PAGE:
xxxxxThe English novelist and poet Thomas Hardy centred most of his 18 novels around rural life in his home county of Dorset in southern England. He was deeply concerned about the effects of the industrial revolution upon the farming communities of his day and, as a result, his works tended to be pessimistic in tone and tragic in outcome. His stories, noted for their penetrating study of human relationships in matters of love, sex and ambition, revolved around his characters’ wayward passions and desires, and the cruel part played by fate in their lives. He gained recognition in 1874 with his Far from the Madding Crowd, and then fame with his Return of the Native four years later. In the 1880s he produced two of his outstanding stories, The Mayor of Casterbridge and The Woodlanders. In the early 1890s, however, his two novels, Tess of the d’Urbervilles and Jude the Obscure - today regarded as two of his finest works - aroused public condemnation, questioning as they did the sanctity of marriage and the role of the Church. Such was the volume of criticism against him that he abandoned the novel and spent the next thirty years writing poetry. His verse, contained in eight collections, including Wessex Poems, Satires and Circumstances, and a three-part drama entitled The Dynasts, has come to be highly regarded.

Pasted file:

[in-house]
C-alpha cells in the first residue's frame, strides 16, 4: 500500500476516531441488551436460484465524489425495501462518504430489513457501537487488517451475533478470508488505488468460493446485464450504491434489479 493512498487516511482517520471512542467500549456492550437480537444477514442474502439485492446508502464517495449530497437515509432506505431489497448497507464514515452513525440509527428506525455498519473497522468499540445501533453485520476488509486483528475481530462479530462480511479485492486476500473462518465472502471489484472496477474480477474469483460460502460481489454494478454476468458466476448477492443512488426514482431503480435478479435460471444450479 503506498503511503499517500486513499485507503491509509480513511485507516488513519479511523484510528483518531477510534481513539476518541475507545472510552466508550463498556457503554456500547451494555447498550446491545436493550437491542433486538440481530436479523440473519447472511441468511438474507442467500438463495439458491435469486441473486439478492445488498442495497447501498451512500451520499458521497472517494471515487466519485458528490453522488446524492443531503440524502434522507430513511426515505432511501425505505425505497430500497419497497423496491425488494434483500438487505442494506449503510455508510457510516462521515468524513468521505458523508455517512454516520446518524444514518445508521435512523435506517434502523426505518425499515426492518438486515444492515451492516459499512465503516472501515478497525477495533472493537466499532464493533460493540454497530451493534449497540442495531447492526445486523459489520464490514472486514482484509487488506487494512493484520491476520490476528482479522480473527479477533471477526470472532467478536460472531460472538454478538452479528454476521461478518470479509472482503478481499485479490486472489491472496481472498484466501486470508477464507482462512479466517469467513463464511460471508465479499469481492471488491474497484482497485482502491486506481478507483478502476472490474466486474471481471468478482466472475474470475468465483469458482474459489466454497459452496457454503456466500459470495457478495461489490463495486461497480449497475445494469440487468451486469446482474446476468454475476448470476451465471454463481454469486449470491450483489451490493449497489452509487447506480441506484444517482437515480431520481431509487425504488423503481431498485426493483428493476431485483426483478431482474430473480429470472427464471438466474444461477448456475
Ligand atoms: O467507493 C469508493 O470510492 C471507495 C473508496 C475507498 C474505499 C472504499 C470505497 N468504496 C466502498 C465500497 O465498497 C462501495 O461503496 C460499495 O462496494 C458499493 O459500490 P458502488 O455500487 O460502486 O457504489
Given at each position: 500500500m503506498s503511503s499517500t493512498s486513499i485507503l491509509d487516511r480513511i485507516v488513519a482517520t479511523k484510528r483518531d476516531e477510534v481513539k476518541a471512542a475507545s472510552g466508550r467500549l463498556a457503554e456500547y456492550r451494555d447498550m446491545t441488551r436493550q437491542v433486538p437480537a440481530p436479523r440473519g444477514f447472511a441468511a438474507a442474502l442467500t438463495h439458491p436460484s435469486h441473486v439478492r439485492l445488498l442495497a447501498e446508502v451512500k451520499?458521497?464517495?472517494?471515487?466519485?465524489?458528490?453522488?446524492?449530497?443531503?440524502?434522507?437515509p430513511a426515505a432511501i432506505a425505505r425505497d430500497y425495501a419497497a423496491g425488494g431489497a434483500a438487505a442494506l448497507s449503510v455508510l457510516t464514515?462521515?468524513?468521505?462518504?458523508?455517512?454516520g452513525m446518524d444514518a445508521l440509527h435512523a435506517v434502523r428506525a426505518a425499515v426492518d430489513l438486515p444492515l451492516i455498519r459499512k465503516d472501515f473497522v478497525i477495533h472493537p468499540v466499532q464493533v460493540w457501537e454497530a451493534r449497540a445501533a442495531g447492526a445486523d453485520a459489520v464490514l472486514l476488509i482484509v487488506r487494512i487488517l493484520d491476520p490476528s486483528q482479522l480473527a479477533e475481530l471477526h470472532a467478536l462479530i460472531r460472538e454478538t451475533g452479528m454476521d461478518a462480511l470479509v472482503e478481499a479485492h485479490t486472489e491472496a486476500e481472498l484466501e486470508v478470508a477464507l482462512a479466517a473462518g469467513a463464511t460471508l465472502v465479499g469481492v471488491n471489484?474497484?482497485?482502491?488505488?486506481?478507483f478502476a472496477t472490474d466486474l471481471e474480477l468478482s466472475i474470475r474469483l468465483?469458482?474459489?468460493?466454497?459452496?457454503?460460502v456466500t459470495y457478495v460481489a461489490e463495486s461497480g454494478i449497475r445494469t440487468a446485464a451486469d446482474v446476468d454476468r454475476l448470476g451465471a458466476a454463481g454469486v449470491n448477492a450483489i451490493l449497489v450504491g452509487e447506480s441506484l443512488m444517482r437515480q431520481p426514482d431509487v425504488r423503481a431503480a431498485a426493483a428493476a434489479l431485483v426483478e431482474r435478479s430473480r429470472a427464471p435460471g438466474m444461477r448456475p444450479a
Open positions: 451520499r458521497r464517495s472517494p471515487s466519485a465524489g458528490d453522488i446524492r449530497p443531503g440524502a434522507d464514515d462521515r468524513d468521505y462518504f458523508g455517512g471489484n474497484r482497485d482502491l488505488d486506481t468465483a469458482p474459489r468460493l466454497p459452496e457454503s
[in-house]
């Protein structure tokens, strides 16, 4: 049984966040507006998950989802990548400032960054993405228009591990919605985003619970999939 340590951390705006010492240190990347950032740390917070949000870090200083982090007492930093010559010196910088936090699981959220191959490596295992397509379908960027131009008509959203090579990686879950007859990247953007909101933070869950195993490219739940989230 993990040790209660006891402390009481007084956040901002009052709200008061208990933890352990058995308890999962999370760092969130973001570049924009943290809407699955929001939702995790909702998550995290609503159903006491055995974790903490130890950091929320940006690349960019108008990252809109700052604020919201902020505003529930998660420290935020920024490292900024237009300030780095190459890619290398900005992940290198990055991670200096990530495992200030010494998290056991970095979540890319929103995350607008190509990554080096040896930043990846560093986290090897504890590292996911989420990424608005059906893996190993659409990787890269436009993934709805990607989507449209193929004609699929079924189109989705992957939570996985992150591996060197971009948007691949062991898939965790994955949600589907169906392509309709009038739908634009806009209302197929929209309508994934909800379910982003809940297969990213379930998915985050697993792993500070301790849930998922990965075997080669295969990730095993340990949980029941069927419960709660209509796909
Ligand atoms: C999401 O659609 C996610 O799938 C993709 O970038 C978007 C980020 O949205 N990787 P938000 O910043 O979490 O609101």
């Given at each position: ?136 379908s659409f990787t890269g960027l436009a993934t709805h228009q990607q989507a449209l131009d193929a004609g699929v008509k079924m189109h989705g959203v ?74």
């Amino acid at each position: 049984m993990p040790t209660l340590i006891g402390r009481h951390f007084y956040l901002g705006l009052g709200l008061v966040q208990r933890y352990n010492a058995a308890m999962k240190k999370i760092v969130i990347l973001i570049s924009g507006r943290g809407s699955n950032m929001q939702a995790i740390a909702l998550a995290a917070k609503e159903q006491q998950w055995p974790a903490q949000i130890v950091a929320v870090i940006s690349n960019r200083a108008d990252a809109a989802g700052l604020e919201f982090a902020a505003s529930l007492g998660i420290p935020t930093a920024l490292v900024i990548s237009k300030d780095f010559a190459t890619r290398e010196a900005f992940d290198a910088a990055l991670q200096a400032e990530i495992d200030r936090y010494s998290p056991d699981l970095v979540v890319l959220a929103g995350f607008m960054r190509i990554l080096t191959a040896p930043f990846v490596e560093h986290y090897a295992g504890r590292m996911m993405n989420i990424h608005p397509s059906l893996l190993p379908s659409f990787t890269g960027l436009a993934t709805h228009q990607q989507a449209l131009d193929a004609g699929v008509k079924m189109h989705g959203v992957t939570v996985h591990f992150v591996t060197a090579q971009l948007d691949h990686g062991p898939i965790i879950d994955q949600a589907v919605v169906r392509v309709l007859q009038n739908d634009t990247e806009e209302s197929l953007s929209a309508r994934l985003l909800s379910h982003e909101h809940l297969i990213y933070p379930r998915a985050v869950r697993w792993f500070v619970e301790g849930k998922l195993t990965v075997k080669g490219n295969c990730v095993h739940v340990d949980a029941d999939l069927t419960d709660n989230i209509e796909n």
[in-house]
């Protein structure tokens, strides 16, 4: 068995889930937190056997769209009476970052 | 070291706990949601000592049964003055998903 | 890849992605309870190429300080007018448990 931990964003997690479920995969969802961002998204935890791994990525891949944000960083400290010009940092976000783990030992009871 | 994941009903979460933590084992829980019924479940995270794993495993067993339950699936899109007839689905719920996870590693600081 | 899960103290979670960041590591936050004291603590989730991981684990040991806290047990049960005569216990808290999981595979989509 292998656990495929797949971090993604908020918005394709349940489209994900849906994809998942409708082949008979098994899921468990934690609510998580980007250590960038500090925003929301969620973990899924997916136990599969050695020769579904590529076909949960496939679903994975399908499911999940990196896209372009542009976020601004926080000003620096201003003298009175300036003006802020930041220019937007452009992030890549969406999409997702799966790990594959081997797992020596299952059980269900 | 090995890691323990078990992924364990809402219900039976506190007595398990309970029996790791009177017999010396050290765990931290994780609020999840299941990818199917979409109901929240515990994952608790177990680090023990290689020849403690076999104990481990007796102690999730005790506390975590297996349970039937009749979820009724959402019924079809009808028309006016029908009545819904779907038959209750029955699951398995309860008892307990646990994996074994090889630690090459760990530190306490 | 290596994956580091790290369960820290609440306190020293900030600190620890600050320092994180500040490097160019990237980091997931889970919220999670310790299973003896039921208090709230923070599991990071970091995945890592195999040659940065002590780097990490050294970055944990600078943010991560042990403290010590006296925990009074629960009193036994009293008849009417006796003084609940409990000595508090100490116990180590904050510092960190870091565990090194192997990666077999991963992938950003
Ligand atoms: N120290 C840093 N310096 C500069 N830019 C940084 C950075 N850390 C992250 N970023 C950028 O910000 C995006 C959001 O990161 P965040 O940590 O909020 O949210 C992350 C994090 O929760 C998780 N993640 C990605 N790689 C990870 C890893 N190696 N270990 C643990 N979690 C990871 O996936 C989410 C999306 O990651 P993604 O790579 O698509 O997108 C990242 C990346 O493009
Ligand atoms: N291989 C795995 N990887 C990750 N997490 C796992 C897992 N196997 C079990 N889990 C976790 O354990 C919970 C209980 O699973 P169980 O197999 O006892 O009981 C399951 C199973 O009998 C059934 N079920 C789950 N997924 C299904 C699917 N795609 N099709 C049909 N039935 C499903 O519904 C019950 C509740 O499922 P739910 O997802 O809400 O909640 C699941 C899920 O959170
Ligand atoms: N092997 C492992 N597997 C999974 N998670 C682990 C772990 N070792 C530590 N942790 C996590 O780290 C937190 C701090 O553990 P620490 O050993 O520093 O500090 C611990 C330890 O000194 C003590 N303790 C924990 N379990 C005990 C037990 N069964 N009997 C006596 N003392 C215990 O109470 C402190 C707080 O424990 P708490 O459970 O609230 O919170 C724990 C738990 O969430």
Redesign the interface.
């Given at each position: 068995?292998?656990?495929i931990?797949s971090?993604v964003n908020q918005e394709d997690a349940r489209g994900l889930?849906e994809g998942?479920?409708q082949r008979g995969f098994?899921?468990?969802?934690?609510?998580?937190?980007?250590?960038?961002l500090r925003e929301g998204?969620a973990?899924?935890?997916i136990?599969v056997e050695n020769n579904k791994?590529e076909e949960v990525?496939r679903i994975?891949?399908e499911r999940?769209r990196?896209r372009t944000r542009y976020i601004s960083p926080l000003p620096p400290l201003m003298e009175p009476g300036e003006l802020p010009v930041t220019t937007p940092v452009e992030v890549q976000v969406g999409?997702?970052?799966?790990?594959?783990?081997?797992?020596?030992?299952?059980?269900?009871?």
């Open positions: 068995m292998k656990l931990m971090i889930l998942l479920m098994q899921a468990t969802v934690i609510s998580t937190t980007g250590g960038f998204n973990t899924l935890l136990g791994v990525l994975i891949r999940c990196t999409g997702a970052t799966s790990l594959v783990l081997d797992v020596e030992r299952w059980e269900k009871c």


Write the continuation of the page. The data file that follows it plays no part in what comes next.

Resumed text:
THOMAS HARDY  1840 - 1928  (Va, Vb, Vc, E7, G5)


Hardy: by the English artist Reginald Grenville Eves (1876-1941), 1923 – National Portrait Gallery, London. Egdon Heath: based on a painting by the English landscape artist Frederick William Newton Whitehead (1853-1938). Dugdale: date and artist unknown. Max Gate: by the English artist John Everett (1876-1949), 1924 – Dorset Natural History and Archaeological Society, Dorset County Museum, Dorchester.

xxxxxEnglish novelist and poet Thomas Hardy was born in Upper Brockhampton, near Dorchester, in the county of Dorset, and the harsh, rugged beauty that surrounded his childhood home - the area he called Egdon Heath - came to play a prominent part in most of his novels. Set in the semi-fictional countryside of Wessex, his stories are centred around the harsh working conditions of life on the land. Some of his characters are humorous, but in general, his works are full of tragedy and gloom, noted above all for their penetrating study of human relationships within the closely-knit rural communities he knew so well. It is his characters’ constant struggle against their own wayward passions and desires on the one hand, and against the unrelenting forces of fate on the other, that provides his works with their dramatic intensity. His 18 novels include his three most famous works, Far from the Madding Crowd , The Mayor of Casterbridge, and Tess of the D’Urbervilles. A poet of distinction, in later life he produced over 900 poems, many of which have come to be highly valued for their literary merit.